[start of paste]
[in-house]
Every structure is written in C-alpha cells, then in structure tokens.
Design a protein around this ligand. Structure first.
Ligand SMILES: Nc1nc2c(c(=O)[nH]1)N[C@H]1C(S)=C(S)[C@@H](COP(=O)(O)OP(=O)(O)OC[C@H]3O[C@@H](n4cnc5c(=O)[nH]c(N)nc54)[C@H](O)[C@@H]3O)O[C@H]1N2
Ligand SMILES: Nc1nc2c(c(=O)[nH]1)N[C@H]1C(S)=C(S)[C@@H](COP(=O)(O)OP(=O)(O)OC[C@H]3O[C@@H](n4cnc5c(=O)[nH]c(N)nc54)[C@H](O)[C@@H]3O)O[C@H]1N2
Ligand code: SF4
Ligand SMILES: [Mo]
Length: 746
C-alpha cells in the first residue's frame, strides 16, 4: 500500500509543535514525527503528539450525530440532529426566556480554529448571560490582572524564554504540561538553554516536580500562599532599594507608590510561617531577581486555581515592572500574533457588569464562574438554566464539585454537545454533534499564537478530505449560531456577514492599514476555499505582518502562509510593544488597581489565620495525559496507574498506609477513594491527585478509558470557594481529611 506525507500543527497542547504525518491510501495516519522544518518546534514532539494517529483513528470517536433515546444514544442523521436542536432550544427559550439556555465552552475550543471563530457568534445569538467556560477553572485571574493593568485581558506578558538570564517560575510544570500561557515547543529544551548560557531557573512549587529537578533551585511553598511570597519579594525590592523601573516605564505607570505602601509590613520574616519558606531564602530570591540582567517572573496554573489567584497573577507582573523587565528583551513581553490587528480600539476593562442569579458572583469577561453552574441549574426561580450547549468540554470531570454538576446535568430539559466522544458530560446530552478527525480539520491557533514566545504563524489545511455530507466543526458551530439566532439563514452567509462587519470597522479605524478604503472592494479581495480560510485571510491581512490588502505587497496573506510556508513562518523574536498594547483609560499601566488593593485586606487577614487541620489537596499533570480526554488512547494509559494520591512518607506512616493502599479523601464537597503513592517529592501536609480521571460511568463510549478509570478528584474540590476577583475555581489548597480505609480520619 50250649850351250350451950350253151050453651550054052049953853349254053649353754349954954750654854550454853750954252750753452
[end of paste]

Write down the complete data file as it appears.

[in-house]
Every structure is written in C-alpha cells, then in structure tokens.
Design a protein around this ligand. Structure first.
Ligand SMILES: Nc1nc2c(c(=O)[nH]1)N[C@H]1C(S)=C(S)[C@@H](COP(=O)(O)OP(=O)(O)OC[C@H]3O[C@@H](n4cnc5c(=O)[nH]c(N)nc54)[C@H](O)[C@@H]3O)O[C@H]1N2
Ligand SMILES: Nc1nc2c(c(=O)[nH]1)N[C@H]1C(S)=C(S)[C@@H](COP(=O)(O)OP(=O)(O)OC[C@H]3O[C@@H](n4cnc5c(=O)[nH]c(N)nc54)[C@H](O)[C@@H]3O)O[C@H]1N2
Ligand code: SF4
Ligand SMILES: [Mo]
Length: 746
C-alpha cells in the first residue's frame, strides 16, 4: 500500500509543535514525527503528539450525530440532529426566556480554529448571560490582572524564554504540561538553554516536580500562599532599594507608590510561617531577581486555581515592572500574533457588569464562574438554566464539585454537545454533534499564537478530505449560531456577514492599514476555499505582518502562509510593544488597581489565620495525559496507574498506609477513594491527585478509558470557594481529611 506525507500543527497542547504525518491510501495516519522544518518546534514532539494517529483513528470517536433515546444514544442523521436542536432550544427559550439556555465552552475550543471563530457568534445569538467556560477553572485571574493593568485581558506578558538570564517560575510544570500561557515547543529544551548560557531557573512549587529537578533551585511553598511570597519579594525590592523601573516605564505607570505602601509590613520574616519558606531564602530570591540582567517572573496554573489567584497573577507582573523587565528583551513581553490587528480600539476593562442569579458572583469577561453552574441549574426561580450547549468540554470531570454538576446535568430539559466522544458530560446530552478527525480539520491557533514566545504563524489545511455530507466543526458551530439566532439563514452567509462587519470597522479605524478604503472592494479581495480560510485571510491581512490588502505587497496573506510556508513562518523574536498594547483609560499601566488593593485586606487577614487541620489537596499533570480526554488512547494509559494520591512518607506512616493502599479523601464537597503513592517529592501536609480521571460511568463510549478509570478528584474540590476577583475555581489548597480505609480520619 50250649850351250350451950350253151050453651550054052049953853349254053649353754349954954750654854550454853750954252750753452